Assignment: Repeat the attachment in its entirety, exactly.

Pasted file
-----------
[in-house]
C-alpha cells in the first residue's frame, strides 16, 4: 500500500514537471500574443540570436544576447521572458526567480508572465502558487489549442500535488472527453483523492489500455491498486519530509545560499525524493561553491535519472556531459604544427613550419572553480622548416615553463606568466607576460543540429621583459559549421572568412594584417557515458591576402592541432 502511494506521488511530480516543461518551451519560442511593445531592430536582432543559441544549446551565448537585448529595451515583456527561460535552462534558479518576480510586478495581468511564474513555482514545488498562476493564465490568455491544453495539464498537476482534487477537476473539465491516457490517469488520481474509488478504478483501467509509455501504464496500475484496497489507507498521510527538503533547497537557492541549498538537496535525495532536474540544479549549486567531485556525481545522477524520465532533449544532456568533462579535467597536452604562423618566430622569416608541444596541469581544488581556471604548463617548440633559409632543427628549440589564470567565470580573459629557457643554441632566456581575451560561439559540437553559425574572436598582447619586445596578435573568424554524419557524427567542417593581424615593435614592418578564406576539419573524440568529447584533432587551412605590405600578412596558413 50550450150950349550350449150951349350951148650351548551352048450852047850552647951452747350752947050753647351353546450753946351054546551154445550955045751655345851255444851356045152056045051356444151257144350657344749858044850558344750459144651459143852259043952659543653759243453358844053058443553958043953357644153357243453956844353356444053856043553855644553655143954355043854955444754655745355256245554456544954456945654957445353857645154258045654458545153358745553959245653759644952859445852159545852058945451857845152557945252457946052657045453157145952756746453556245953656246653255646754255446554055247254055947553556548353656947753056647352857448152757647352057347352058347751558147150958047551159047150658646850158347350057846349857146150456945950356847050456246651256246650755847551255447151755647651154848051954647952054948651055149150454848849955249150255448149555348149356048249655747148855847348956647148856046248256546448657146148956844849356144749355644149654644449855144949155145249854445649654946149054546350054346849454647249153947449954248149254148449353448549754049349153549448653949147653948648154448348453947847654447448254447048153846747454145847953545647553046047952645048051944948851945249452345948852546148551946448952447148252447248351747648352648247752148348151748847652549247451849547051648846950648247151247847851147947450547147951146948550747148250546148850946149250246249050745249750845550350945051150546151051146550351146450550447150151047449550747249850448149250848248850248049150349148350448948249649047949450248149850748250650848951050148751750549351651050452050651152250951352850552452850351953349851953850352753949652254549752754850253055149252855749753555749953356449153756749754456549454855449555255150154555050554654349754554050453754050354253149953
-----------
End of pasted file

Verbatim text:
[in-house]
C-alpha cells in the first residue's frame, strides 16, 4: 500500500514537471500574443540570436544576447521572458526567480508572465502558487489549442500535488472527453483523492489500455491498486519530509545560499525524493561553491535519472556531459604544427613550419572553480622548416615553463606568466607576460543540429621583459559549421572568412594584417557515458591576402592541432 502511494506521488511530480516543461518551451519560442511593445531592430536582432543559441544549446551565448537585448529595451515583456527561460535552462534558479518576480510586478495581468511564474513555482514545488498562476493564465490568455491544453495539464498537476482534487477537476473539465491516457490517469488520481474509488478504478483501467509509455501504464496500475484496497489507507498521510527538503533547497537557492541549498538537496535525495532536474540544479549549486567531485556525481545522477524520465532533449544532456568533462579535467597536452604562423618566430622569416608541444596541469581544488581556471604548463617548440633559409632543427628549440589564470567565470580573459629557457643554441632566456581575451560561439559540437553559425574572436598582447619586445596578435573568424554524419557524427567542417593581424615593435614592418578564406576539419573524440568529447584533432587551412605590405600578412596558413 50550450150950349550350449150951349350951148650351548551352048450852047850552647951452747350752947050753647351353546450753946351054546551154445550955045751655345851255444851356045152056045051356444151257144350657344749858044850558344750459144651459143852259043952659543653759243453358844053058443553958043953357644153357243453956844353356444053856043553855644553655143954355043854955444754655745355256245554456544954456945654957445353857645154258045654458545153358745553959245653759644952859445852159545852058945451857845152557945252457946052657045453157145952756746453556245953656246653255646754255446554055247254055947553556548353656947753056647352857448152757647352057347352058347751558147150958047551159047150658646850158347350057846349857146150456945950356847050456246651256246650755847551255447151755647651154848051954647952054948651055149150454848849955249150255448149555348149356048249655747148855847348956647148856046248256546448657146148956844849356144749355644149654644449855144949155145249854445649654946149054546350054346849454647249153947449954248149254148449353448549754049349153549448653949147653948648154448348453947847654447448254447048153846747454145847953545647553046047952645048051944948851945249452345948852546148551946448952447148252447248351747648352648247752148348151748847652549247451849547051648846950648247151247847851147947450547147951146948550747148250546148850946149250246249050745249750845550350945051150546151051146550351146450550447150151047449550747249850448149250848248850248049150349148350448948249649047949450248149850748250650848951050148751750549351651050452050651152250951352850552452850351953349851953850352753949652254549752754850253055149252855749753555749953356449153756749754456549454855449555255150154555050554654349754554050453754050354253149953